It’s not banning "The Twist," but Kid Pan Alley’s director, Paul Reisler, came under heavy fire during the last week for performing a song called "Part of the 99" with Woodbrook Elementary students.
While detractors and supporters play their arguments out on KPA’s Facebook page and Weasel Zippers (a blog that takes credit for introducing the story), other conservative blogs have suggested partisan funding influences the Virginia-based nonprofit.
In the interest of healthy debate, C-VILLE took a look at two online discussions: the source of Kid Pan Alley contributions, and whether third graders are expected to learn and understand politics and economics. Here, some more fodder for the debate:
1. Some Kid Pan Alley contributors give to both parties
"If there remains any doubt about the political motives of Kid Pan Alley, just consider one source of its funding," writes a blogger on BigGovernment.com. "It’s the Virginia-based William and Mary Greve Foundation." The writer then explains that the foundation "is headed by John Kiser III, author of a book titled Communist Entrepreneurs."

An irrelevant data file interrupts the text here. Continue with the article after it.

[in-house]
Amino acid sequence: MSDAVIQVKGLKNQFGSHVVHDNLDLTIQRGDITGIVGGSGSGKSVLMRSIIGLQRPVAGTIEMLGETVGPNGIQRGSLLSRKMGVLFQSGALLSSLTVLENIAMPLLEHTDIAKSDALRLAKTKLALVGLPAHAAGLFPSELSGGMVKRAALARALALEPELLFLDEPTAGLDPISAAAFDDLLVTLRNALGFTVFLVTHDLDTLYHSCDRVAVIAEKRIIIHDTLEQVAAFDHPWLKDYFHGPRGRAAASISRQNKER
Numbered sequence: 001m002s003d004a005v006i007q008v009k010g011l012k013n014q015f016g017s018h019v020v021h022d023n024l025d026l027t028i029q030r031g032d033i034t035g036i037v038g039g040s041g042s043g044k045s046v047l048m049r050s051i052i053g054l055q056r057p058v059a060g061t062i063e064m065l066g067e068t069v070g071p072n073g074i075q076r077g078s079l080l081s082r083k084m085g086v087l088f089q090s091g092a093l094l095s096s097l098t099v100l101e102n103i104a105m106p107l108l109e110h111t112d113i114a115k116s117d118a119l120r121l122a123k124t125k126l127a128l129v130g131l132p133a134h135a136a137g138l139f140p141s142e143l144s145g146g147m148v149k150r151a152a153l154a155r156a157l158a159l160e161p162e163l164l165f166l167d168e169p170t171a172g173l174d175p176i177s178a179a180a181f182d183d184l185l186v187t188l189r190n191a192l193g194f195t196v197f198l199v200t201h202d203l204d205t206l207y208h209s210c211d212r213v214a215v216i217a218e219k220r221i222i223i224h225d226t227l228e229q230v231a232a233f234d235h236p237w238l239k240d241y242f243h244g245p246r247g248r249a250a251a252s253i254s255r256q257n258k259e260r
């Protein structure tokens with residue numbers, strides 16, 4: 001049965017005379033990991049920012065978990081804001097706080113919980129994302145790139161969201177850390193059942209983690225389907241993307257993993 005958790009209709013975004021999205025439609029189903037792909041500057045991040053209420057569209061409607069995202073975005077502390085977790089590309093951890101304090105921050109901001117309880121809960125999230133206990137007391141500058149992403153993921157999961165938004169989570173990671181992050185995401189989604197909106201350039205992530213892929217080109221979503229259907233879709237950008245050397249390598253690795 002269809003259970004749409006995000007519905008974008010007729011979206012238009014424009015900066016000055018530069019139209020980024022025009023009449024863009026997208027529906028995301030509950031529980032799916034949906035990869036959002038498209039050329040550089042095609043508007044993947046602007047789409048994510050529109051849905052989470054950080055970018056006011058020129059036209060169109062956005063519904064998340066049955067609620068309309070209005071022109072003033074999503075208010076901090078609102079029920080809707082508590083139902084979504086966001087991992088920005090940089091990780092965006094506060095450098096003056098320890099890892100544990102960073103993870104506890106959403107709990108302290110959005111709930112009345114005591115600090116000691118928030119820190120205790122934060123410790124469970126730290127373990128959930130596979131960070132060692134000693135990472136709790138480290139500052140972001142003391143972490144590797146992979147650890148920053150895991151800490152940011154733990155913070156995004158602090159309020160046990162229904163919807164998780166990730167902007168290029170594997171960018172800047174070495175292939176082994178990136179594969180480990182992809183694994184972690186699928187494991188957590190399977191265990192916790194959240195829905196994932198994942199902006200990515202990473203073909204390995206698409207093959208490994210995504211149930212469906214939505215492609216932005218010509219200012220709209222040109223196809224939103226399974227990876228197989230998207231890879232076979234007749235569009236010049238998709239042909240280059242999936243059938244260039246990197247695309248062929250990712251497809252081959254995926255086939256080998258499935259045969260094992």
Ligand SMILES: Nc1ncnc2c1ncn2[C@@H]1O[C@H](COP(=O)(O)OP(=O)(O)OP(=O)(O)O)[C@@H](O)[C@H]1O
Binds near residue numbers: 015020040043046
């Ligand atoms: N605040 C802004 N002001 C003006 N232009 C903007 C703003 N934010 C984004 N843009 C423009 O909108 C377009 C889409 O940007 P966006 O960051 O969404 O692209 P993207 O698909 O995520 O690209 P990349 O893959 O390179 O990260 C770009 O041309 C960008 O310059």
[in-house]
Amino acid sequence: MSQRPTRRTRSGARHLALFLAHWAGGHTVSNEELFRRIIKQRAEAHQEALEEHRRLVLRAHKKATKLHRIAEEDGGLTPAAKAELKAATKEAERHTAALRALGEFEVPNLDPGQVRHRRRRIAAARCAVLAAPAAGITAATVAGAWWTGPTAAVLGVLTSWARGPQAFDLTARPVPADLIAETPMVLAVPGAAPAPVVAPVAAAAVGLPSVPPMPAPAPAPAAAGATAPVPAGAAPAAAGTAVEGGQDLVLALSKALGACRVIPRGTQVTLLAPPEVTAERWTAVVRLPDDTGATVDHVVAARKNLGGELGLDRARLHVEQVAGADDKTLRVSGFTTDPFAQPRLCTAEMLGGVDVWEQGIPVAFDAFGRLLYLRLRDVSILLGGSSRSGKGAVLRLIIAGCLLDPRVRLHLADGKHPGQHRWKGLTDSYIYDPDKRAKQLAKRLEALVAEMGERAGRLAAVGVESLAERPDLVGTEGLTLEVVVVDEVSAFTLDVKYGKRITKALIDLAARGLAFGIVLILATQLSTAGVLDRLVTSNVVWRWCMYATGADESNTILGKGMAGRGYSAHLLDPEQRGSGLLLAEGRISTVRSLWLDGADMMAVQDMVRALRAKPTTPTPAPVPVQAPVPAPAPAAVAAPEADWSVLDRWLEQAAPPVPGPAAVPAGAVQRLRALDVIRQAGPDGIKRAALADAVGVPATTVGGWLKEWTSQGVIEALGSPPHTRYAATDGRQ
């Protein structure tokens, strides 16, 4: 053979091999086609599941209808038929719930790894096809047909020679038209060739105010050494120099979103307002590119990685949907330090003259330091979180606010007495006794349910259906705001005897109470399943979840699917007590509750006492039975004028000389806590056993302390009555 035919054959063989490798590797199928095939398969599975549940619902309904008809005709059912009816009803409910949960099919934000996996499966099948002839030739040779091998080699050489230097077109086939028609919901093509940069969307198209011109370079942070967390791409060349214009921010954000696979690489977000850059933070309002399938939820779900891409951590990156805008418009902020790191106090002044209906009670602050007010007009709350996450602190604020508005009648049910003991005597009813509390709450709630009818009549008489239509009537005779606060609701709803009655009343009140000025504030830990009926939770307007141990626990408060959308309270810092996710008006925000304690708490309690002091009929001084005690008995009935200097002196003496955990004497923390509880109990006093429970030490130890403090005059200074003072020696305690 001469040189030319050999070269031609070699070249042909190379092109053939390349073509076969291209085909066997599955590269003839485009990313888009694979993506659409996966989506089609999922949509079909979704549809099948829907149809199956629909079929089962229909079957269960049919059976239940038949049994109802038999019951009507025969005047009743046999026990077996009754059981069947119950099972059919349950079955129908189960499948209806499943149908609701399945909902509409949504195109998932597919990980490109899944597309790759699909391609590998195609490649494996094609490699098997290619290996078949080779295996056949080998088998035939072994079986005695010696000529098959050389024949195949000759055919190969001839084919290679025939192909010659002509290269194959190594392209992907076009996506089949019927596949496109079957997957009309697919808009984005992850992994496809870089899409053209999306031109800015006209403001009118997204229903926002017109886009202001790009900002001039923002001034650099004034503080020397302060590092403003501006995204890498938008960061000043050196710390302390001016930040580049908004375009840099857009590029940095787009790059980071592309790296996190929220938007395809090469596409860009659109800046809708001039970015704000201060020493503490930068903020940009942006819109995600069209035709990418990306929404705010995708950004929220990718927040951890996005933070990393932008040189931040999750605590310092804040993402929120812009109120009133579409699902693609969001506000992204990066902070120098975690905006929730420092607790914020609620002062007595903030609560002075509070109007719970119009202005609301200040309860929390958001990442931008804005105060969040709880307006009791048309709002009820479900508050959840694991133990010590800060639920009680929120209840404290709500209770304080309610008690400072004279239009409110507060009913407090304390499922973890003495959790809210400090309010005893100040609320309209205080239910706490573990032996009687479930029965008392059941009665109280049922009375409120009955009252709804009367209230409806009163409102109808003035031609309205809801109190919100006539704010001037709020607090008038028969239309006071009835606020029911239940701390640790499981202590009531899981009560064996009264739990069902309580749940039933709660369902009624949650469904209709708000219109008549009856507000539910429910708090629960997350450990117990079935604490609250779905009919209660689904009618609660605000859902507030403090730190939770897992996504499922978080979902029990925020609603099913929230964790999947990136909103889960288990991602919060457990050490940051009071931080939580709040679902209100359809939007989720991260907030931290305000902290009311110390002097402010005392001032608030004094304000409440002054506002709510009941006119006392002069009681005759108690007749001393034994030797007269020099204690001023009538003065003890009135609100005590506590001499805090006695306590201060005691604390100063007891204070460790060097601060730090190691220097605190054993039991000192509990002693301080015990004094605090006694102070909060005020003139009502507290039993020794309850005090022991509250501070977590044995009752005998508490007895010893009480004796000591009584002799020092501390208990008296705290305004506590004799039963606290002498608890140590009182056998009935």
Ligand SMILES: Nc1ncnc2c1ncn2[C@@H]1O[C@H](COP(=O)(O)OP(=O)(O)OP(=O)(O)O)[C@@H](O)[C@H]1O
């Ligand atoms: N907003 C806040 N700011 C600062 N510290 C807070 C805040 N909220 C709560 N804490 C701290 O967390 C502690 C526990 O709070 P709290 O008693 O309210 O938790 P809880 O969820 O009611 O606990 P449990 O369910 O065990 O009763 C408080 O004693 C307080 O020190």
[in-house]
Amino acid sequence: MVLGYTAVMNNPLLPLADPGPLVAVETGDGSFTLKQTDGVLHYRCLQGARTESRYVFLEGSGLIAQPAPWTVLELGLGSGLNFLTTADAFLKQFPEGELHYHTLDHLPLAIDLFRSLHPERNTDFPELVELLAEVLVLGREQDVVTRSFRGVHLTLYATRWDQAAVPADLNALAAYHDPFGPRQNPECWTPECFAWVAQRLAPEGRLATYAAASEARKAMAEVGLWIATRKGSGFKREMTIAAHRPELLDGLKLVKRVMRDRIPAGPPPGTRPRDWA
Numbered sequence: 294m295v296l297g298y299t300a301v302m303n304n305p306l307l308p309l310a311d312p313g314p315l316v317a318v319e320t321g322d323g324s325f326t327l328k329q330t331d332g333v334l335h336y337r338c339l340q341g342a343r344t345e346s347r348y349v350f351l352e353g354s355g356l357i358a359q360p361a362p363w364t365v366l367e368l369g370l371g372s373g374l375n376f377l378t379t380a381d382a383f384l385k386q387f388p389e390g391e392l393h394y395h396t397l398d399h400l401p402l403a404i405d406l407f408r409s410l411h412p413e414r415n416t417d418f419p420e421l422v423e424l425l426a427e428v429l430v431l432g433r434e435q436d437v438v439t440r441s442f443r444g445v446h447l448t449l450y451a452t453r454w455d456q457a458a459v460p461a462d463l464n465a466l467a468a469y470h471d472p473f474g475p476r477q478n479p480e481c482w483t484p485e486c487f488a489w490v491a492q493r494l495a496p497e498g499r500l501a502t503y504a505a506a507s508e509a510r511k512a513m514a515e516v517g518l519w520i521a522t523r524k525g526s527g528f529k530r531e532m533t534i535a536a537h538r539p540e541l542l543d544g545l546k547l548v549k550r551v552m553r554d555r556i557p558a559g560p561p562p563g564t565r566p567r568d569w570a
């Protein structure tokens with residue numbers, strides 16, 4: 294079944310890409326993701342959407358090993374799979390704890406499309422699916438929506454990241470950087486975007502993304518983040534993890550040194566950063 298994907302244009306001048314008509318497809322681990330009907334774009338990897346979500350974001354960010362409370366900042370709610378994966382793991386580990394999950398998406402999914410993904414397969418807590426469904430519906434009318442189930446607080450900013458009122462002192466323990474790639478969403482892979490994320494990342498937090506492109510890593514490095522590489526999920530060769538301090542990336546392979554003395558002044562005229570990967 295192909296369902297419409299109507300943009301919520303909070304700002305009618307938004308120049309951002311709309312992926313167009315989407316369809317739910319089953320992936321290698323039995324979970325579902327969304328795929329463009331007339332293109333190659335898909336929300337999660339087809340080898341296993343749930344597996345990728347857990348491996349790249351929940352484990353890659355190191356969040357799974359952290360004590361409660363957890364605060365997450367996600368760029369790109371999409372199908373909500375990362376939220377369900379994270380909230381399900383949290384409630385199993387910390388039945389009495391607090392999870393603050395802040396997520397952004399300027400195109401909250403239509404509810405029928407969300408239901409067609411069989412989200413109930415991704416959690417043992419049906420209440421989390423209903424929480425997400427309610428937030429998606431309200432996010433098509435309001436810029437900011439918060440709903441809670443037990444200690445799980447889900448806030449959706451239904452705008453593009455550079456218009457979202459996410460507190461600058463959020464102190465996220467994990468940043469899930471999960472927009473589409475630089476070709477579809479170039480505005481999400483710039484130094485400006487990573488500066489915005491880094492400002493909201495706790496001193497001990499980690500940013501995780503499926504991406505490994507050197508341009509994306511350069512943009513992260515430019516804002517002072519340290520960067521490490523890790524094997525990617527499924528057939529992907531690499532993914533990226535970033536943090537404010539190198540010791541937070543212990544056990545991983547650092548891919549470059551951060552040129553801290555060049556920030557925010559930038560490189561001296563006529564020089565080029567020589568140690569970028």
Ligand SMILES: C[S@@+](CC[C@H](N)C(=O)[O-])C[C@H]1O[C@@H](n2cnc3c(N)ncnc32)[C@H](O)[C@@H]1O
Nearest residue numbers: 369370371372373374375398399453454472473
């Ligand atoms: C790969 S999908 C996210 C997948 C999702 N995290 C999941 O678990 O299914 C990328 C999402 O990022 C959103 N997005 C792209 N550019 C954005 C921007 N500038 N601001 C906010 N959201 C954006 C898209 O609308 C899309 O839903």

However, it should be noted that Kid Pan Alley has more than one donor, and a few additional names suggest a more diverse funding network. Marc Benioff, founder of the cloud computing company SalesForce, also launched a charitable foundation that is listed by Guidestar as a top Kid Pan Alley donor. In 2008 alone, Benioff was listed as a contributor to Republicans including John McCain and Mitt Romney; Politico noted the same here.
2. In Virginia schools, third graders do study politics and economics
Amidst online commenters’ calls for "tar and feather" and "public hangings," some comments have asked whether third graders adequately understand the political and economic implications behind the lyrics.
"They taught the little critters to compose songs about class warfare and political ideology between paste eating 101 and ‘Dora the Explorer,’" commented one.
However, according to the state Department of Education, Virginia expects them to understand both basic politics and economics. (Although, it should be noted that commenters also might take issue with the Department of Education.)
"Students should…demonstrate an understanding of basic economic concepts" and "explain the importance of the basic principles of democracy," according to the DOE.
This information is shared in the interest of creating a more nuanced debate over Kid Pan Alley and the "Part of the 99" song. Just as some donors may give on one side of a partisan line, others give on both. And while the song presents an economic idea that some might contest (and that KPA director Paul Reisler has taken credit for), third graders are expected by the state to know more than "paste eating 101."
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